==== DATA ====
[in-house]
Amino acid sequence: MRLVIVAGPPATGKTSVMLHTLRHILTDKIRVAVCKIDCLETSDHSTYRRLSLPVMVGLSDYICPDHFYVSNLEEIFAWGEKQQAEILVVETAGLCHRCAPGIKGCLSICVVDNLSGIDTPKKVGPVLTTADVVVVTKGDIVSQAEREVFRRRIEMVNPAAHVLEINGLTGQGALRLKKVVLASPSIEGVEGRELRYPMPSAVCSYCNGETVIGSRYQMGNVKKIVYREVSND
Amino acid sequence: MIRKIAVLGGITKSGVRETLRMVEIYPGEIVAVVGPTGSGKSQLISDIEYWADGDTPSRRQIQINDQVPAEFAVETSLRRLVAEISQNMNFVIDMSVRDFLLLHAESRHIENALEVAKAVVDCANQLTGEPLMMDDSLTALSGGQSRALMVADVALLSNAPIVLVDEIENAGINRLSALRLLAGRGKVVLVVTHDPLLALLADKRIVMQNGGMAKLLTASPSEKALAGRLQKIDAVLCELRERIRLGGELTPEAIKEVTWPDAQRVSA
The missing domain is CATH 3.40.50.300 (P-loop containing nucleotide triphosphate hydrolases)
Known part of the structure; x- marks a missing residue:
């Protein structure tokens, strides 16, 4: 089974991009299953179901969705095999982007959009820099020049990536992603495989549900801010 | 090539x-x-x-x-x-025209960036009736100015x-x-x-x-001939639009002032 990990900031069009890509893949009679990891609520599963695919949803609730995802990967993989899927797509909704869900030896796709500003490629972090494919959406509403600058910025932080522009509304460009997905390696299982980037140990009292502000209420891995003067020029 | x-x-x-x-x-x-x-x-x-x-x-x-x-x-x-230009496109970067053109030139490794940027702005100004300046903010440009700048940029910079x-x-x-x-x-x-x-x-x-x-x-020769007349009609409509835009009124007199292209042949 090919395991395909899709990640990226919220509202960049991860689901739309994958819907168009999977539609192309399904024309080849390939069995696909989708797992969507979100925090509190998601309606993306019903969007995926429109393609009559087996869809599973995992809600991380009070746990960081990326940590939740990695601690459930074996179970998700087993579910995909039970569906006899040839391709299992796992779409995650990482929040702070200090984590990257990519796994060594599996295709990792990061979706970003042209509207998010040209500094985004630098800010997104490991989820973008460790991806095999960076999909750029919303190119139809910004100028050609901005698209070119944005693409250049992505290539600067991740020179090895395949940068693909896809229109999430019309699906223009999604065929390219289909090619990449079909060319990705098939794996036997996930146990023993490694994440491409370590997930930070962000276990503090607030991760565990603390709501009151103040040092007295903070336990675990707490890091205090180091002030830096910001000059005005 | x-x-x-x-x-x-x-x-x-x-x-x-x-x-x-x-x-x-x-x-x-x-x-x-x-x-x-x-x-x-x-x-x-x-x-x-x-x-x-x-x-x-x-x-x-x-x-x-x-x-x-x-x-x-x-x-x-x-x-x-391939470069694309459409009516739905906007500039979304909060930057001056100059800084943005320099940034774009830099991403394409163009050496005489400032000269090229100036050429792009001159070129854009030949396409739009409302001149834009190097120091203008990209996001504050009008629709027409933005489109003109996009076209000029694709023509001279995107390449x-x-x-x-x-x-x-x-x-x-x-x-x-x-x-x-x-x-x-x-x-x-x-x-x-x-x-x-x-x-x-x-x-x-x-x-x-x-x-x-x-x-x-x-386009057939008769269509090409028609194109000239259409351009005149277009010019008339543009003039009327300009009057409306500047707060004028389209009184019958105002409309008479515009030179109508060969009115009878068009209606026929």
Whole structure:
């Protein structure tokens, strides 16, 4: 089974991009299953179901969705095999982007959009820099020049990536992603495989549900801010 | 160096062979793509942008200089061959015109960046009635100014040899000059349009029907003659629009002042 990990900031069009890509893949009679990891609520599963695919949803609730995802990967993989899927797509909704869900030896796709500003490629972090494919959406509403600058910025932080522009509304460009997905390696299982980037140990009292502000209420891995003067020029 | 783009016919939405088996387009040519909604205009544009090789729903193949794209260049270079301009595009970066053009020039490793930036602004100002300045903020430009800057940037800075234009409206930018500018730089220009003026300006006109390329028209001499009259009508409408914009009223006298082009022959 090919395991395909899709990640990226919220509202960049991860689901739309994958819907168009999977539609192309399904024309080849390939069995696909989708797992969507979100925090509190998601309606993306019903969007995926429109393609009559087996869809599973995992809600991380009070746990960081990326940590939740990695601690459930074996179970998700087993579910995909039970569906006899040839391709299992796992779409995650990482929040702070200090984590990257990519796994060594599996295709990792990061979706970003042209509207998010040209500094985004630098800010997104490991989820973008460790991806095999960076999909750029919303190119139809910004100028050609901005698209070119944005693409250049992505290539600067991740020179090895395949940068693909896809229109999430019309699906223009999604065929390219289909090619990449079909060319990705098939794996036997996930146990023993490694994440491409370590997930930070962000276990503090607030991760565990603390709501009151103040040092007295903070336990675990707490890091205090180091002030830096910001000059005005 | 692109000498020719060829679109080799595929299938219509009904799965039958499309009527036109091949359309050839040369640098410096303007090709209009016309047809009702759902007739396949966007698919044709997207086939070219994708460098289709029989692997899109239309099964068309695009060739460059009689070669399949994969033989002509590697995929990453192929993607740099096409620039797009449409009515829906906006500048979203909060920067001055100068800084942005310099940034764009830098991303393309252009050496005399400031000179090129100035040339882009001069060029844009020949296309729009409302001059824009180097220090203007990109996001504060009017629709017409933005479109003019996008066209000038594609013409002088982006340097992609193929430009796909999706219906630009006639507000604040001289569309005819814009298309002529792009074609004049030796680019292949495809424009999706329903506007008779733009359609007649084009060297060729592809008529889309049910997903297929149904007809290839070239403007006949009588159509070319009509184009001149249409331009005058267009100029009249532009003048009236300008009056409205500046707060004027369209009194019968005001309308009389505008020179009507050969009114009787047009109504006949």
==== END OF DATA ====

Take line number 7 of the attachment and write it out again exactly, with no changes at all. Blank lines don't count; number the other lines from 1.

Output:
Whole structure: